I ate one on the walk back – and I was transformed. With the first bite, I was brought back to my childhood when all doughnuts tasted just like that. Pure. And good. Not just good – deliciously good. With no aftertaste – no weird slippery feeling on the top of my mouth like when I eat a Dunkin Donut – this was just a good delicious sweet treat.

And I realized something on that street corner. That doughnut was REAL. No chemicals. No preservatives. Made that morning.

It really made me consider that while I was enjoying those purely delightful calories that would do nothing for my body but give me a sugar rush and more fat to burn off – I realized that I wasn’t ingesting any chemicals. And how is it that our food system has become so corrupt that buying a real doughnut felt like a new experience? A novelty. Something my own teenaged children have yet to experience.

It is hard to find REAL this days. It is hard to sustain conversations without having someone check their phone or hear a text alert beep.  We are so distracted and our attentions split between before, now, and what’s next. It is hard to demand REAL. We live in a fast food cheaply constructed consumer driven world where there is very little REAL. We live in a world where it is cheaper to buy a new oven then get your few years old oven fixed.

As part of my move to Belmont, an old family bed came up to Long Island to furnish my bedroom. My brother graciously drove it up for me arriving one Saturday morning. I had been moving stuff into my apartment all morning – but when that bed arrived – something else happened. I couldn’t lift it myself. Not one piece of it. And I consider myself reasonably fit and strong. But there was no moving or even putting that bed together by myself. It was heavy. Made of REAL wood. Nothing like the stuff I had recently purchased – not even close.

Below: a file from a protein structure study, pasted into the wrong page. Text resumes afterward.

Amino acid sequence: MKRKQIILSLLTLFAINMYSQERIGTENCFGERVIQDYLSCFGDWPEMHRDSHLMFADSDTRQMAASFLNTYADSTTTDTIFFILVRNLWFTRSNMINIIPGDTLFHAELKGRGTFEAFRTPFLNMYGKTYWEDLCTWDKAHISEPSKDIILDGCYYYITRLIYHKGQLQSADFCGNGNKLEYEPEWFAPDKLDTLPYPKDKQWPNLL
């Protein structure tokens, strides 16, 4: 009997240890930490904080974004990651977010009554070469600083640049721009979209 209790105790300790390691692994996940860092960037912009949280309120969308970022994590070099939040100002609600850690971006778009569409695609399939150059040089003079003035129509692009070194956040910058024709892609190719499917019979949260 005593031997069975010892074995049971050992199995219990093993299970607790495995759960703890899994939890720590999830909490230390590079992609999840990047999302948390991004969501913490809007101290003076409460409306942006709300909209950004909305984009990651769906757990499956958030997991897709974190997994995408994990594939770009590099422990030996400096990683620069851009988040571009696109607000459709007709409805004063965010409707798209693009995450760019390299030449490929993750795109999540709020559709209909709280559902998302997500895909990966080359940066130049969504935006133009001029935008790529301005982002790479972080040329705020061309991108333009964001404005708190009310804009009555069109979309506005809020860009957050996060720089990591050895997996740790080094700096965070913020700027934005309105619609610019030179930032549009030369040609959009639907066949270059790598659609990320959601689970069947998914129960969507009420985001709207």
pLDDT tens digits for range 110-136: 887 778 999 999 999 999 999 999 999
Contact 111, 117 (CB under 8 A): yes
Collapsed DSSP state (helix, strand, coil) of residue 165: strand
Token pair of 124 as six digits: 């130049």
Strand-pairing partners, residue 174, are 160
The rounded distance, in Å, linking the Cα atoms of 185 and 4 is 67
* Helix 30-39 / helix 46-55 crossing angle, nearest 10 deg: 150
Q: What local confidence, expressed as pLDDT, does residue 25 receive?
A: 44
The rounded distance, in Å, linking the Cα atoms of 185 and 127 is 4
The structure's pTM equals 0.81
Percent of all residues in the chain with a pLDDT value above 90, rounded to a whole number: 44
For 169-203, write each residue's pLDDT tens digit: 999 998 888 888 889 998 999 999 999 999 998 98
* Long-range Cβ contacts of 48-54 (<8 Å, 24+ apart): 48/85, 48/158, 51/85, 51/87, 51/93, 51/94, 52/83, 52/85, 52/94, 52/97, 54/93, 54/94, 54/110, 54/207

I know there are so many new inventions and advances that make our lives better today then what life was like for my parents – or their parents. But what have we lost?

We have to become more aware of what is REAL in our lives. So that we don’t miss our own opportunities to be REAL and we recognize when there is REAL. To be present. To fully love. To be aware of what is distracting from this present moment. To eat REAL food. To appreciate the weight of REAL wood. To stop and smell REAL roses.

Be aware of what is REAL. Because with real ingredients in your life, everything tastes so much better.